Good afternoon. I was asked to provide an update of the Troop’s history, covering the past 25 years – but my talk will actually be as much philosophy as history, because who we are today, and where we are today, are as much due to that philosophy as to the year-to-year operations of the Troop.
26 years ago, I very suddenly found myself the solo adult leader of Troop 111. Many of you already know the story, so I will not bore you with ALL of the details. Suffice it to say that at the second meeting I attended, the Scoutmaster walked in almost an hour late, handed me a cardboard box of records, stated that he had just been transferred overseas, wished me good luck, and walked out – never to be seen or heard from again. In those 10 seconds, like it or not, I went from being a possible part-time Assistant who hadn’t even received the application paperwork yet, to the full-time Scoutmaster. It’s hard to say who was more startled – me or the 6 Scouts in the room, none of whom even knew my name yet.
Compounding the problem, 3 months later Hannon Hall – the original St. Agnes Church and the place where held our meetings and stored our gear – was sold off, and we had “until 9:00 am tomorrow morning” to remove our gear. So, we had no meeting place, no closet space, a rookie Scoutmaster, and no Assistant Scoutmasters. One Scout’s mom transferred him to another Troop, convinced that we were finished. That left us with 5 active Scouts, 3 barely active Eagle Scouts, and 3 or 4 other boys who were on the roster only for that summer’s long-planned trip to the Matagamon Canoe Base in Maine. In short, other than a small but active and supportive group of parents, we were in dire straits.
We were not alone in our predicament. The late 80’s and early 90’s were a challenging time for Scouting in Arlington, due to very poor demographics (that is, there were very few Scout-aged boys in the Clarendon/Cherrydale/Waverly Hills area – more on this in a bit). In the mid-to-late 1960s there were nearly 70 Troops in Arlington – but by 1985, there were less than 20, and only 14 of those were left by 1995. Troop 102, our ancestral Troop at St. Charles (that is, the Troop that “spun off” 111 in 1939), lapsed in 1985; 151 (Arlington Methodist) was “ghosted” around that same time; then 813 (American Legion) and 623 (Ft. Myer) both folded around 1992, followed by 149 (Cherrydale Methodist) in 1993. And some of the remaining Troops were barely hanging on – including 111 in late 1988. Times for Scouting were grim.
Well, obviously, we refused to die. What equipment we had – which wasn’t much after we tossed all our flood-damaged junk – ended up in my basement and garage, and we started meeting at the Madison Center down by Chain Bridge – and did so for several years, until about a year after the new Parish Center opened up and a new Pastor arrived. In January of 1989 we welcomed a single Scout from Pack 111 – the only Webelos-II in the Pack that year. That may sound like a triviality, but in reality it was critically important, because that Scout soon recruited 3 other 5th graders from St. Agnes School. I previously mentioned the poor demographics in Arlington – those 4 boys represented 2/3rds of all the 5th grade boys in the school! [Hard to believe if you walk around St. Agnes School today.] Our 3 Eagle Scouts became a lot more active as we approached Philmont that summer (in no small part because I became the Advisor for their Crew), 2 Scouts who had quit returned and became somewhat active once they realized that the Troop was still on its feet, and we also gained a couple of walk-in Scouts and Assistant Scoutmasters. The following year we got 3 out of the 7 St. Agnes 5th-graders, and the long climb back was underway. Three years later we were strong enough to take in the last 2 Scouts from 149; we kept them under their own flag and uniforms, recruited 10 Webelos-IIs from a Pack 149 Den, and restarted their Troop a year later with those 12 Scouts and 5 of our ASMs [Troop 149 currently has about 65 active Scouts.] By 2000 we were at 75 Scouts, and 10 years later we hit 100 Scouts for the first time. We’ve been bouncing around between 80 and 105 Scouts ever since, first or second in numbers in Arlington.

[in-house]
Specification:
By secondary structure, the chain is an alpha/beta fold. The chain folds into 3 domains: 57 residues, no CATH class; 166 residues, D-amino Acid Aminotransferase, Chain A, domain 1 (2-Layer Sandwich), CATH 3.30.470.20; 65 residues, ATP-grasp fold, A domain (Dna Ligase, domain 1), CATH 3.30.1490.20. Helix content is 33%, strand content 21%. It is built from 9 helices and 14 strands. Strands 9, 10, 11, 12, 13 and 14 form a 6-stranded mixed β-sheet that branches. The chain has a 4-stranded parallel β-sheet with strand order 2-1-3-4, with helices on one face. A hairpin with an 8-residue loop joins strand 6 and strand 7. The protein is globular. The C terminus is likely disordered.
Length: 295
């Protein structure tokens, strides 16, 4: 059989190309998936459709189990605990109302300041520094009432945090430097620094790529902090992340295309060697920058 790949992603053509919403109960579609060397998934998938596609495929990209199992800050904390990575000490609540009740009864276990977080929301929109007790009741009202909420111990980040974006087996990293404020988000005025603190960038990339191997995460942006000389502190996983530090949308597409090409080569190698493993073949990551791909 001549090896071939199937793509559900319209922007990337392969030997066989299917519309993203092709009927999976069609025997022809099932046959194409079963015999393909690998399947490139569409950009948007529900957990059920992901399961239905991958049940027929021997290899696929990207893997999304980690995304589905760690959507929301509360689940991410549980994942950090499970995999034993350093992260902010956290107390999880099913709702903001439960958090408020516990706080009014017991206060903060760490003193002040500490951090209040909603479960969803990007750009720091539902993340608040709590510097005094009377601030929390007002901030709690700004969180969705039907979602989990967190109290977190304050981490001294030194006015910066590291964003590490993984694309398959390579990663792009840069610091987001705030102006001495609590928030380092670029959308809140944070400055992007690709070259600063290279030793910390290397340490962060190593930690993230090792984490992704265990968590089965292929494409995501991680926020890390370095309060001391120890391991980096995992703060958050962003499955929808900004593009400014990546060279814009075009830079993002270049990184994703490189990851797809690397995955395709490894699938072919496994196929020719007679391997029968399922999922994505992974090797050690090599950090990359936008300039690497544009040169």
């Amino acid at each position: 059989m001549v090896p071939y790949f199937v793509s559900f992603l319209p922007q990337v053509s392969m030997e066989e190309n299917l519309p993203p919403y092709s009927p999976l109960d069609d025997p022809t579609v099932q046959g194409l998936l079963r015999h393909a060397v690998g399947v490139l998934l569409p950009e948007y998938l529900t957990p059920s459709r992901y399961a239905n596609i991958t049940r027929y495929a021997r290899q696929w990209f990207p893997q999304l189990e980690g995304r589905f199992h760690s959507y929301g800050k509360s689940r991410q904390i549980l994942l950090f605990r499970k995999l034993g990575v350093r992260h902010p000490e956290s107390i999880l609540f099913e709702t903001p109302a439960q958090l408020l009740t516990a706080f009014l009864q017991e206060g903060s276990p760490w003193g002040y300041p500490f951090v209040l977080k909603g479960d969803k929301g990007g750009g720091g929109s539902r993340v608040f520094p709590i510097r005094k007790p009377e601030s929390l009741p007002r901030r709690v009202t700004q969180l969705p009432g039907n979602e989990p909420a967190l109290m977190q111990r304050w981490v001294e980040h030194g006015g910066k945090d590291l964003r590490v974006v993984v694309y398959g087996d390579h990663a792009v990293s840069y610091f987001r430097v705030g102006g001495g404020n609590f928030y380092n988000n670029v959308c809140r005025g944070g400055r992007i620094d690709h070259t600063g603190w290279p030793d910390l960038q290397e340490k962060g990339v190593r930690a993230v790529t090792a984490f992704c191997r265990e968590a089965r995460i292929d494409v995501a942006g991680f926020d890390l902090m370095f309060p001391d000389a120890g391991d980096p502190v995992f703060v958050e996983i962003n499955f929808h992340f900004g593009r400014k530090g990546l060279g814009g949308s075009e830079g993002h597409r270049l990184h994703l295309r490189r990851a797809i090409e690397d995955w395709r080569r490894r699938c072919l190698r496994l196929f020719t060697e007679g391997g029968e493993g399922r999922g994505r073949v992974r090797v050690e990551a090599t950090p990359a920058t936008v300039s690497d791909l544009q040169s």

Five to a hundred in 22 years. How did this happen?
It’s important to realize that Troop 111 isn’t big because we “cast a wide net” – that is, recruit a bunch of Webelos-II Scouts on the expectation that some will stick around, and the rest “obviously weren’t cut out to be Scouts anyway.” That is what many Troops do, and my opinion of that particular method of Troop-building is unprintable. Rather, 111 is big because we retain at least half of our Scouts through Eagle or til they age out at 18 and/or depart for college. We make no effort to recruit – and we have no need to, either. Our program and reputation are the only recruiting tools we need. It is routine for half the Webelos Scouts who Cross the Bridge into 111 to graduate out as Eagle Scouts 6 or 7 years later, and 3 times in the past 25 years every Scout who Crossed the Bridge earned his Eagle – one time all 8 Scouts who Crossed our Bridge and 2 others who transferred in after Crossing the Bridge in their original Troops, for a clean sweep of 10 out of 10; amazing.